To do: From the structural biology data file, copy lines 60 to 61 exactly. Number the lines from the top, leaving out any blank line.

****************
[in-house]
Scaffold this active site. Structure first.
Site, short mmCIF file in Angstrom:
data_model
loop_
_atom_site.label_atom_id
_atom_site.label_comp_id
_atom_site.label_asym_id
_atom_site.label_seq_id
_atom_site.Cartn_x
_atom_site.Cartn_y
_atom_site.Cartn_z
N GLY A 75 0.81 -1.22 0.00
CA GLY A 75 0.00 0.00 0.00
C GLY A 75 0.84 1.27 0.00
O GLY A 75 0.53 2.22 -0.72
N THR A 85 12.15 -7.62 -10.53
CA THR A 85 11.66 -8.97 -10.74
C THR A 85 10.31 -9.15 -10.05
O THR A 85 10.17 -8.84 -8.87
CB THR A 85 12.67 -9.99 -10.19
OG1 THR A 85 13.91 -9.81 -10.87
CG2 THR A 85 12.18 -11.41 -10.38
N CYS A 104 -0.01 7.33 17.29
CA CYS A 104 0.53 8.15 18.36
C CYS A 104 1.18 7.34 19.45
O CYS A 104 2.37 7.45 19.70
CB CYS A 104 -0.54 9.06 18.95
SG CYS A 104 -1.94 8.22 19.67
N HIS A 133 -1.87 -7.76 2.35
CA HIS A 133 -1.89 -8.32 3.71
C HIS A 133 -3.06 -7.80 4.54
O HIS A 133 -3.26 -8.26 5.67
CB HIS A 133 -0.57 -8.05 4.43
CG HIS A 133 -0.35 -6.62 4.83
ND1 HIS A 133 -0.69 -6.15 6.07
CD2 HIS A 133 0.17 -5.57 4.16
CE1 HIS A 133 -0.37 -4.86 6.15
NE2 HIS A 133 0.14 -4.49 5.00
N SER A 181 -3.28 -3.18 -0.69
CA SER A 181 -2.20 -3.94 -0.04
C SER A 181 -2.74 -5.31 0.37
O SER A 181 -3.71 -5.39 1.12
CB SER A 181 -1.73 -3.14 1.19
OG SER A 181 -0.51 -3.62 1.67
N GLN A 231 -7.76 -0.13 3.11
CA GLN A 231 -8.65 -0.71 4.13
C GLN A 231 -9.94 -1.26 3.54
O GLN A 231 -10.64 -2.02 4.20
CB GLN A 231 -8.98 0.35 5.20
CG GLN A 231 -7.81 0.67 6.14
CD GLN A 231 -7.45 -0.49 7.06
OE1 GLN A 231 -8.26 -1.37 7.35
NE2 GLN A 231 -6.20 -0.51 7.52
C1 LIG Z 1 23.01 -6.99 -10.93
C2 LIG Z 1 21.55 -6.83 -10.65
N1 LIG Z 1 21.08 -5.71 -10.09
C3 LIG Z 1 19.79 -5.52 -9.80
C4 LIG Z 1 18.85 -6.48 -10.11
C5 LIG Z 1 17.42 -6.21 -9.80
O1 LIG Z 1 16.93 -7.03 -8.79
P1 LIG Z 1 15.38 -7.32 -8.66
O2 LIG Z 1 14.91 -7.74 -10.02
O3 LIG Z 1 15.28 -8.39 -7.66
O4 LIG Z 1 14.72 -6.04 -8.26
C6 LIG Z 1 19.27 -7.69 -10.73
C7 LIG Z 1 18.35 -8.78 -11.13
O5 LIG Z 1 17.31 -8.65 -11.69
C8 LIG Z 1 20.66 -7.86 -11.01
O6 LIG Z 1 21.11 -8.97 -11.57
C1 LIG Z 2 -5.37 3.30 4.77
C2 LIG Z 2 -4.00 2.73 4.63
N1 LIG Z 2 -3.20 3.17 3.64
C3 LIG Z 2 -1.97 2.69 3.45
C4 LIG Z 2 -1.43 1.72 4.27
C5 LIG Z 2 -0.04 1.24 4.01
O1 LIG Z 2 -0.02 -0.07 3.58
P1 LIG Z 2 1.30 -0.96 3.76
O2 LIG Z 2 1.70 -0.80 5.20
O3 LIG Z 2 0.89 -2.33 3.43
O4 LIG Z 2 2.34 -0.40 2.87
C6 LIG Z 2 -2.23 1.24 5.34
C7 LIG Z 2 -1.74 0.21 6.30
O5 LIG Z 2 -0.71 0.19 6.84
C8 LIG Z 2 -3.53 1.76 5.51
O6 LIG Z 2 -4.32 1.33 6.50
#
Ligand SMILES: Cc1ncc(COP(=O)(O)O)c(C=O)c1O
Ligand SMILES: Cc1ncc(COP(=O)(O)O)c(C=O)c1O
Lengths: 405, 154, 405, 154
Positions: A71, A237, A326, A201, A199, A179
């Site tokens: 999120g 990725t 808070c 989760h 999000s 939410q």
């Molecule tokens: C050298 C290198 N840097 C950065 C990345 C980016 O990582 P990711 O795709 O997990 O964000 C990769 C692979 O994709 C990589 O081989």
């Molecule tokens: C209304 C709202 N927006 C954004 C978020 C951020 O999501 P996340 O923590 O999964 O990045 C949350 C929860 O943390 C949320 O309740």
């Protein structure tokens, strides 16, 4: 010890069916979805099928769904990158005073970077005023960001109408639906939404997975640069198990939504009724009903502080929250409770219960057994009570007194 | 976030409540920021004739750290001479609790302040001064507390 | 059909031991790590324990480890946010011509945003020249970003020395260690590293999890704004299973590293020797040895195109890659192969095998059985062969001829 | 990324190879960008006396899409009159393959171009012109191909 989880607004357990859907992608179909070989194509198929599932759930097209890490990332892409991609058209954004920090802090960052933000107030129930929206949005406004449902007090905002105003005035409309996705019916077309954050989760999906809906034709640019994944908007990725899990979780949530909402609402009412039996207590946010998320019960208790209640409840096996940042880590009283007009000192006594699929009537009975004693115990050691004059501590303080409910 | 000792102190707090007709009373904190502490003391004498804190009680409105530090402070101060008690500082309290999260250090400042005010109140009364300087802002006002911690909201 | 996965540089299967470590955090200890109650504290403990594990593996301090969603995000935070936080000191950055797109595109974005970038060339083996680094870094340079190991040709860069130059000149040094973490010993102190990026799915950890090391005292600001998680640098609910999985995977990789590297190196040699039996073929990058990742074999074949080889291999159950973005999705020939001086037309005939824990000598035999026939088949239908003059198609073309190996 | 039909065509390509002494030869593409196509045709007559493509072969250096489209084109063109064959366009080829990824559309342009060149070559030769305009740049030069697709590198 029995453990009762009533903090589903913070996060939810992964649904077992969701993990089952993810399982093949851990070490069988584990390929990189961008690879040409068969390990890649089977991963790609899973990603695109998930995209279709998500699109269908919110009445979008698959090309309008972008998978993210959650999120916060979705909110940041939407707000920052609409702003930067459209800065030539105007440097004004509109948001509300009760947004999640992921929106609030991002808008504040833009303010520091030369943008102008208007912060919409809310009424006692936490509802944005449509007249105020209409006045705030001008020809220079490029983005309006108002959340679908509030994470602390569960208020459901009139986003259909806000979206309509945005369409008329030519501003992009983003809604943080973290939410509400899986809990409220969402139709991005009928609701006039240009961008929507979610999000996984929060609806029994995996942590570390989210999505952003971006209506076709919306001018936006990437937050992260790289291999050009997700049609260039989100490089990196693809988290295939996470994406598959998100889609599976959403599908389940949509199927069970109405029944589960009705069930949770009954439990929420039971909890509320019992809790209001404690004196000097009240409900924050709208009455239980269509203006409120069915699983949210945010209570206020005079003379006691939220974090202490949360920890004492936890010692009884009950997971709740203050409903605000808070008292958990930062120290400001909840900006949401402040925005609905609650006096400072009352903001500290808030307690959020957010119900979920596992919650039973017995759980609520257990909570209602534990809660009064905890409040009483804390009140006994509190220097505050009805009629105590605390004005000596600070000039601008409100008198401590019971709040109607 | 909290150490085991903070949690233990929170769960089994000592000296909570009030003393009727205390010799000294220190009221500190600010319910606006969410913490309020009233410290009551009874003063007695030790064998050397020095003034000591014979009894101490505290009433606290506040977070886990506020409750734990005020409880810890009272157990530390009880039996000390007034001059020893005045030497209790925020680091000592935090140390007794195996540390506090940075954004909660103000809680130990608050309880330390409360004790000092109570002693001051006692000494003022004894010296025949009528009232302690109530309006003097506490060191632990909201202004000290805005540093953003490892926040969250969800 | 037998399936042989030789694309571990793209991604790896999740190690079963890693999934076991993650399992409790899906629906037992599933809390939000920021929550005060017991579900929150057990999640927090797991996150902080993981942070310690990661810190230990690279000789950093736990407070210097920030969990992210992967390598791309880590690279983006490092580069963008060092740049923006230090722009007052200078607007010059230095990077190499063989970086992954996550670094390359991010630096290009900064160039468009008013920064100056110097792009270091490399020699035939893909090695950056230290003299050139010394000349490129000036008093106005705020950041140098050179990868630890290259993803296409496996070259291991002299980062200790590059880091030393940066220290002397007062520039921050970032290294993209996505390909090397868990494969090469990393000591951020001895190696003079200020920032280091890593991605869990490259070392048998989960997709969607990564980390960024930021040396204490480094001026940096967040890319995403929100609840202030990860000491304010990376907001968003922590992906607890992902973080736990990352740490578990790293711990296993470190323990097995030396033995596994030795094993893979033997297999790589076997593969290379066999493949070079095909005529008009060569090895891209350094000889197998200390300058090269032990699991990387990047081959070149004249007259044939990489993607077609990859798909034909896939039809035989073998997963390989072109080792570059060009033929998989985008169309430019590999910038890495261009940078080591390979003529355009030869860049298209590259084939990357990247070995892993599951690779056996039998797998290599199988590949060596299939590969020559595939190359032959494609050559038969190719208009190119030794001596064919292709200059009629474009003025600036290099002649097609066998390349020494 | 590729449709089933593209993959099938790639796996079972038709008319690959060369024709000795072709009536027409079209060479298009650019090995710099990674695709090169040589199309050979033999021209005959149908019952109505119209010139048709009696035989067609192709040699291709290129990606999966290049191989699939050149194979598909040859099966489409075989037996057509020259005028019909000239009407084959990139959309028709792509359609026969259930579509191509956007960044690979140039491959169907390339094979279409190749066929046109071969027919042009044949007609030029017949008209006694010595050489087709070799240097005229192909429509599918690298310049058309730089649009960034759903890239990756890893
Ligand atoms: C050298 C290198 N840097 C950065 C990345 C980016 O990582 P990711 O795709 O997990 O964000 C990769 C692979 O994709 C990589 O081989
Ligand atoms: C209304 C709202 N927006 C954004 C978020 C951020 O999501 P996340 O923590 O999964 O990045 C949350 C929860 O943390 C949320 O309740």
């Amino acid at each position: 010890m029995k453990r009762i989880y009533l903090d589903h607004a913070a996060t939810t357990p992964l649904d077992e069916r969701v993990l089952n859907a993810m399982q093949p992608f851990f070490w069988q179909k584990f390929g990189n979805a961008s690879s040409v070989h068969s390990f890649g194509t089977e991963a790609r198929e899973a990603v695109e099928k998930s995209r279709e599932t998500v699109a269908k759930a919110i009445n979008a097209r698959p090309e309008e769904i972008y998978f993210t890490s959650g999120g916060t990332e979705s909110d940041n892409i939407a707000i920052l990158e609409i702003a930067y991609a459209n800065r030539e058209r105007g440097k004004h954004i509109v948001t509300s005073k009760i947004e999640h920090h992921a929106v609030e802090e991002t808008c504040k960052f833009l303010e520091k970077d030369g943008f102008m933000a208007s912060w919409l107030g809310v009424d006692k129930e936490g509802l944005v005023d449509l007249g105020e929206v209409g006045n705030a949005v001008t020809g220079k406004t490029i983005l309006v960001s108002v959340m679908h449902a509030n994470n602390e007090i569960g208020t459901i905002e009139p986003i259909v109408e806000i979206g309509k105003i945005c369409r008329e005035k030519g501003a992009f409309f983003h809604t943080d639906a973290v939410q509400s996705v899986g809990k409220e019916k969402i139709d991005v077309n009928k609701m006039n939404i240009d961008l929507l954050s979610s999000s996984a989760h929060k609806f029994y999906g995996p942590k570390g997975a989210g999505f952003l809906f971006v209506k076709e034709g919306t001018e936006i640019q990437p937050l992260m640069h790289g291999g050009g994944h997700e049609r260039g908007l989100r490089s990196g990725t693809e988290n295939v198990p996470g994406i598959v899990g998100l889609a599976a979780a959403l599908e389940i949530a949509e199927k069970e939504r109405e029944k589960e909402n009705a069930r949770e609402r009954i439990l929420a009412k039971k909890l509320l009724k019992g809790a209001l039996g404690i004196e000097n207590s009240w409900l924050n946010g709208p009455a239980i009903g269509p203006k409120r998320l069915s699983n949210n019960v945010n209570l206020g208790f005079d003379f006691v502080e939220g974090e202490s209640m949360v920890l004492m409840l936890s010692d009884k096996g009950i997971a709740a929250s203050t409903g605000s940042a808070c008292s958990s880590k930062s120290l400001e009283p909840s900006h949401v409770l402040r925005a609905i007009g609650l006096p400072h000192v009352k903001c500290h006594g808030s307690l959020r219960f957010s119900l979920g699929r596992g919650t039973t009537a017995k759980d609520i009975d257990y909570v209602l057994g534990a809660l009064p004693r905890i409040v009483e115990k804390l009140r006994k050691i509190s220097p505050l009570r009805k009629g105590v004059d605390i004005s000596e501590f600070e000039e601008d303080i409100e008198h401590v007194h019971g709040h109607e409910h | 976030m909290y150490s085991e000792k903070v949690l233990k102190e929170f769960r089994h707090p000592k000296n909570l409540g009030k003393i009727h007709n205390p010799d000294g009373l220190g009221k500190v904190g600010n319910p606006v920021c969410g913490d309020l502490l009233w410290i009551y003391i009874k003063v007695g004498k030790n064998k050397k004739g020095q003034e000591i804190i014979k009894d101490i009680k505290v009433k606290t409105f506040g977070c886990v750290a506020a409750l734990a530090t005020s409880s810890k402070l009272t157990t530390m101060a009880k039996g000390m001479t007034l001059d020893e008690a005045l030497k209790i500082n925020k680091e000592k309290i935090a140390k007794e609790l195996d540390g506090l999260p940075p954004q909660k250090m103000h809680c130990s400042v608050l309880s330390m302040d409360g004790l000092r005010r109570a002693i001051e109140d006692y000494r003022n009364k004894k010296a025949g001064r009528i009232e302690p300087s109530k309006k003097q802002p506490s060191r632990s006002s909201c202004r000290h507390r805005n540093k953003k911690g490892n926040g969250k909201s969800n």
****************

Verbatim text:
C5 LIG Z 1 17.42 -6.21 -9.80
O1 LIG Z 1 16.93 -7.03 -8.79